Buying custom software design and development services, especially for the first time, can be scary. There is clearly a knowledge imbalance between you and your service provider. They (hopefully) understand the effort required to successfully build your product, and you don’t. This puts you at risk of being taken advantage of.
I understand this fear. Any time my car is in need of repairs, I am paranoid that the mechanic will take me for a ride. Other than being able to drive a car, I know very little about them. There is a clear imbalance between my and the mechanic’s understanding of labor and parts costs. This puts me at risk. Read more on Why You Should Trust Your Software Vendor – From a Guy who Fears the Mechanic…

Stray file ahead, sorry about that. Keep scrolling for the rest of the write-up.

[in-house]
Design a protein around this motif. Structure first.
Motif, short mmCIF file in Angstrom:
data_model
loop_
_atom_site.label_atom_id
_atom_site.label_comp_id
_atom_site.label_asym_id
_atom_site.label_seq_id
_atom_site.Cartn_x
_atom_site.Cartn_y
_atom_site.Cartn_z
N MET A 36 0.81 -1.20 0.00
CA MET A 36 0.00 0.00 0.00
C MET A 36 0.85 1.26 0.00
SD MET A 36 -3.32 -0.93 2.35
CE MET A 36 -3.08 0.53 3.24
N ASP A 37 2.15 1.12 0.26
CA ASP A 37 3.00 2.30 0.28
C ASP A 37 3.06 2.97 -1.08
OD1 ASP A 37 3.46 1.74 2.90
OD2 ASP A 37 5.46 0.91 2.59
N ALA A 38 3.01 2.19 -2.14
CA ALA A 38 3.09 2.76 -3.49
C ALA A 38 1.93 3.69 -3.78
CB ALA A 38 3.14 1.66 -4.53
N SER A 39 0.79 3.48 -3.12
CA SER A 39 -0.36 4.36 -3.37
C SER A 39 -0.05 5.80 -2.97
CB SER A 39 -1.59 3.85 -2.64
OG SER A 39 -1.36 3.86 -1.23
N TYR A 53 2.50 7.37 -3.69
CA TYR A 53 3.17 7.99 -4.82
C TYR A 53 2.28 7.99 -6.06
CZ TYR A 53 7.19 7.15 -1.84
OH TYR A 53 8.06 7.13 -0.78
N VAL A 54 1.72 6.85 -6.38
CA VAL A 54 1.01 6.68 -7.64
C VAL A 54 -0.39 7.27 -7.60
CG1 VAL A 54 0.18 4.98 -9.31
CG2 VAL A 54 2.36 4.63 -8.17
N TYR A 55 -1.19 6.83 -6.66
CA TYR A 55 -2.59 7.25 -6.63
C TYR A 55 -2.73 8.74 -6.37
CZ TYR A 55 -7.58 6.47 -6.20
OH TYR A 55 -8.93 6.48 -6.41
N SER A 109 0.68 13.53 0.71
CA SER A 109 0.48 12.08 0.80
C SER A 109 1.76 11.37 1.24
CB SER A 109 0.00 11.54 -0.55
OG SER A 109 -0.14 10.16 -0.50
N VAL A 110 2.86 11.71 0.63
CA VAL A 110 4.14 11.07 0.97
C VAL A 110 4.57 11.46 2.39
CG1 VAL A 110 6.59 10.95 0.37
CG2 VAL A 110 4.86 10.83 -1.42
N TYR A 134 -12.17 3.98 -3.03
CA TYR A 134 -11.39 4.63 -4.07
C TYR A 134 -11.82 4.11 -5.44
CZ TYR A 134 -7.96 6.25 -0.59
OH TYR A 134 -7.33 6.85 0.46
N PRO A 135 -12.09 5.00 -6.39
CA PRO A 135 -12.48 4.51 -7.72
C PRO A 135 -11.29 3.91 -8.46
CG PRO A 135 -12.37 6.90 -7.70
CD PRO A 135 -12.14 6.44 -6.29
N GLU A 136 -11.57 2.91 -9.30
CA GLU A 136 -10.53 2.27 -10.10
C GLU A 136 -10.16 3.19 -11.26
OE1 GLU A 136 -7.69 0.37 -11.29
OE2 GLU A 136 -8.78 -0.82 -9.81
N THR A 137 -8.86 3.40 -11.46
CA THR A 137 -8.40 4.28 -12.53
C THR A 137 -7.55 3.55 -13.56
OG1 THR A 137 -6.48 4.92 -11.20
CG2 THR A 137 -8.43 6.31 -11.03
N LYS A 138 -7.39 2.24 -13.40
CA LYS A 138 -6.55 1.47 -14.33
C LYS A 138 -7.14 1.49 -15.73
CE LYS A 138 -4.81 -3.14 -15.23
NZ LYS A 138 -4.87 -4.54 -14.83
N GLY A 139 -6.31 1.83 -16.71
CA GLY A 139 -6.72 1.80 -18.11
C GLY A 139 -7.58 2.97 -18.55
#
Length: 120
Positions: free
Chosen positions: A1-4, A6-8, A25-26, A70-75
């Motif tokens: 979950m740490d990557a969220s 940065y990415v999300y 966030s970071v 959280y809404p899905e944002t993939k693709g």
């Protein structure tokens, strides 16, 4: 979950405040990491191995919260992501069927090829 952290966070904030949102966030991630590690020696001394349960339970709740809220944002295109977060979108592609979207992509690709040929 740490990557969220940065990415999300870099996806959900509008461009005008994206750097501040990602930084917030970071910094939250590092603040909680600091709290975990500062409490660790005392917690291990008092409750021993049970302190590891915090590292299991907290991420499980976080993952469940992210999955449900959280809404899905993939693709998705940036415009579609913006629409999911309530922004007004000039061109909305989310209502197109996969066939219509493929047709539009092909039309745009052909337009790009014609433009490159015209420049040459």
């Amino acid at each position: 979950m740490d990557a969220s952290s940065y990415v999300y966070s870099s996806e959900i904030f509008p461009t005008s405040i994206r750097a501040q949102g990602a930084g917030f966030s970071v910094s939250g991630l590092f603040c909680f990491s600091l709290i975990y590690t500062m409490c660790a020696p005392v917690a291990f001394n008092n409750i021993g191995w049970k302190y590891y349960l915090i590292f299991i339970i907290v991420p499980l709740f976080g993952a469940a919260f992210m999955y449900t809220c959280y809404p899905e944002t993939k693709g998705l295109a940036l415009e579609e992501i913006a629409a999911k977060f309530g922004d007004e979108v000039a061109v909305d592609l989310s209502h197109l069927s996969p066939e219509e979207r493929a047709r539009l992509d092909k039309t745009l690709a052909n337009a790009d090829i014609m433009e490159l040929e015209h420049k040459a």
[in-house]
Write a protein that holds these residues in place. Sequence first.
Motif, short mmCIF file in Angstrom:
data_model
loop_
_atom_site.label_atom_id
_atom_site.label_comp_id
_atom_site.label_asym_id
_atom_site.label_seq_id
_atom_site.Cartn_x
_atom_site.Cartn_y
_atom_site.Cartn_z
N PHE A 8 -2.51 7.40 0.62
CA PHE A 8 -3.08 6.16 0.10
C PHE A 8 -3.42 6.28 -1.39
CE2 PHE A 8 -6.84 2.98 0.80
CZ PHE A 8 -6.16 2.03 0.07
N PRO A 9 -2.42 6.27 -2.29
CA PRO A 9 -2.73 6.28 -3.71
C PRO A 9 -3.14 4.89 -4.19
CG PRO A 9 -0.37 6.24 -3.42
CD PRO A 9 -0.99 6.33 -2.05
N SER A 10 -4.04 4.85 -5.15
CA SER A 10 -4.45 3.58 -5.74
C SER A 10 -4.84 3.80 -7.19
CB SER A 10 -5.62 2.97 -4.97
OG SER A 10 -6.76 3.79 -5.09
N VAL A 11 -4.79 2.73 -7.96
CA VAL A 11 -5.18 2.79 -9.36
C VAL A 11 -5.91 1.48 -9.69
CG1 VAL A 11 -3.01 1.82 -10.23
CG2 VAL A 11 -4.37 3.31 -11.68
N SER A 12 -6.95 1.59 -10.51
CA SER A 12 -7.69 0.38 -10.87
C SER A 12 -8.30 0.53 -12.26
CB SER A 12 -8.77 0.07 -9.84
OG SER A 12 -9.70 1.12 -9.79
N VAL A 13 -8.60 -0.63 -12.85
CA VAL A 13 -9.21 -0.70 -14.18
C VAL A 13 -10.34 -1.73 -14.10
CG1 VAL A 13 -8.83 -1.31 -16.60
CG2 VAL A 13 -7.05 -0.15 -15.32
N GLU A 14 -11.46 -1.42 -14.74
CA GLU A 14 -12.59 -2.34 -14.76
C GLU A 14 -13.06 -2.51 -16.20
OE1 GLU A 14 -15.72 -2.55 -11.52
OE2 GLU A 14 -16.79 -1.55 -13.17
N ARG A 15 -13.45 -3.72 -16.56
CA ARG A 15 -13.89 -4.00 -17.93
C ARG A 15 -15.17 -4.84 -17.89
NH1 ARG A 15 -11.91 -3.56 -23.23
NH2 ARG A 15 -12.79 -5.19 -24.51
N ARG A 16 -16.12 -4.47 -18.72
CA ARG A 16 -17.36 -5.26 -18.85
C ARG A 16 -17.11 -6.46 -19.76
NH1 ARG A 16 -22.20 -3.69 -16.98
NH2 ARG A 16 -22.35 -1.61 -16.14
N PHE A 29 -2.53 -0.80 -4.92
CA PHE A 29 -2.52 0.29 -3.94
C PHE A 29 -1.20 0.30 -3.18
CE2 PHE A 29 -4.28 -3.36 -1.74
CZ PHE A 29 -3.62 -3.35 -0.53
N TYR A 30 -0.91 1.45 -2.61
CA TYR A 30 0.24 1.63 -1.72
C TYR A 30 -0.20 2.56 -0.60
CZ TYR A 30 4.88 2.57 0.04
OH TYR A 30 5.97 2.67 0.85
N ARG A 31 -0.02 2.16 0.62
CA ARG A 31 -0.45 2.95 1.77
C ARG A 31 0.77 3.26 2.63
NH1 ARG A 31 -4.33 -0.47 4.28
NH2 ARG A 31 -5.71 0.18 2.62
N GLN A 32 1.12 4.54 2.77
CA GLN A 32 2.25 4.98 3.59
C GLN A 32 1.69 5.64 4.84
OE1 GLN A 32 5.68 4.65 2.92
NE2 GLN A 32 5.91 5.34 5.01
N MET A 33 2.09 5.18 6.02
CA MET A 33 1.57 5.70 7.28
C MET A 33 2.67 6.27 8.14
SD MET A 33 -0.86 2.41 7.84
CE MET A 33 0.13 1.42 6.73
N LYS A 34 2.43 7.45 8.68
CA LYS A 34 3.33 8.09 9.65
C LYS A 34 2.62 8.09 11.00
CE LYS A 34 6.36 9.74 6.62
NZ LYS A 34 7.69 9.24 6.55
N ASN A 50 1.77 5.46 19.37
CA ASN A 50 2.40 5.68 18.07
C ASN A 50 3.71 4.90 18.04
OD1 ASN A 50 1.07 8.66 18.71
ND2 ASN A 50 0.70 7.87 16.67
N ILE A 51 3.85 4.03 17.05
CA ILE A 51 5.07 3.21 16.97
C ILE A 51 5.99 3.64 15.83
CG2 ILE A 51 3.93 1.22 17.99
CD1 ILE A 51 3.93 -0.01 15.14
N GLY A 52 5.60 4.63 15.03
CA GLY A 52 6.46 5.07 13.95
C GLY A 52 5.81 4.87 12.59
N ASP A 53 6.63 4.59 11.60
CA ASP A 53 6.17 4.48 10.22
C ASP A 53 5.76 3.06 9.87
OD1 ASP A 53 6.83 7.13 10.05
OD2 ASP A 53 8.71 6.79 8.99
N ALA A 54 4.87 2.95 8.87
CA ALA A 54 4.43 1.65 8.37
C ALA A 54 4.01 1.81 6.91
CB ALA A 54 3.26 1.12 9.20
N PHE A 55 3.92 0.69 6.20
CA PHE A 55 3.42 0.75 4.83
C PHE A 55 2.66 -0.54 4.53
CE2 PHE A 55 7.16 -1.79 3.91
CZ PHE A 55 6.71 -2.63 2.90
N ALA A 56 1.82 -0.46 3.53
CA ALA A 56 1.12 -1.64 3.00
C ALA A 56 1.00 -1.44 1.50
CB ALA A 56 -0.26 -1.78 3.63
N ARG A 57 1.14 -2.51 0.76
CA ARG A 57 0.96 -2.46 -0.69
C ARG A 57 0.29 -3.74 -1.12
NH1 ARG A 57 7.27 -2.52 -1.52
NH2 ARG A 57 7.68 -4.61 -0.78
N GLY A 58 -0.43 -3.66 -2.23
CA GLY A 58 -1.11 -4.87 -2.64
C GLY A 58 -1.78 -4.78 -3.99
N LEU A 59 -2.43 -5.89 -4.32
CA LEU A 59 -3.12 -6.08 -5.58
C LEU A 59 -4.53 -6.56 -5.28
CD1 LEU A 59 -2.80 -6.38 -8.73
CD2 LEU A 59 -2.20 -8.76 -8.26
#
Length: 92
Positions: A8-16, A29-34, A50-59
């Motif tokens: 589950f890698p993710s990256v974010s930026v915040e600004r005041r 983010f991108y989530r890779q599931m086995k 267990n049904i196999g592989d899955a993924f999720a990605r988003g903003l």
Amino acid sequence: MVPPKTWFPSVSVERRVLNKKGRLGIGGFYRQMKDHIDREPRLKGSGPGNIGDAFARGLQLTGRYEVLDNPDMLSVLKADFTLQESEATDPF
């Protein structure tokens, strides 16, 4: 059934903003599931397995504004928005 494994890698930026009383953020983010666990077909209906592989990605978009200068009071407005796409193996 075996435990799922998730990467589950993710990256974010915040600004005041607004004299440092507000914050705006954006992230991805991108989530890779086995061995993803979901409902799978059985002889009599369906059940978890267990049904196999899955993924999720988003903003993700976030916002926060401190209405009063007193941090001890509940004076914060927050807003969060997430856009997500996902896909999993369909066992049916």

I gave a talk entitled “Time-Based Estimates Are For Suckers! Size-based is The Way to Go” at this year’s GLSEC on April 29. It’s meant as a call to action for those who haven’t made the leap to size-based estimation, or who have been beaten back by some of the challenges you’ll encounter when trying, such as:
- Breaking things down by value, not by task
- Thinking in terms of “size” (not time)
- Making estimates
I did this because, even though we’re all a bunch of Agile know-it-alls by now, and estimation is a remedial topic from 10 years ago, there are still plenty of people who haven’t been introducted to size-based estimation. Besides, making the switch from time-based estimation to size-based isn’t as easy as some of the books and blogs out there make it sound.
Read more on Time-Based Estimates Are for Suckers! (Size-based Is the Way to Go)…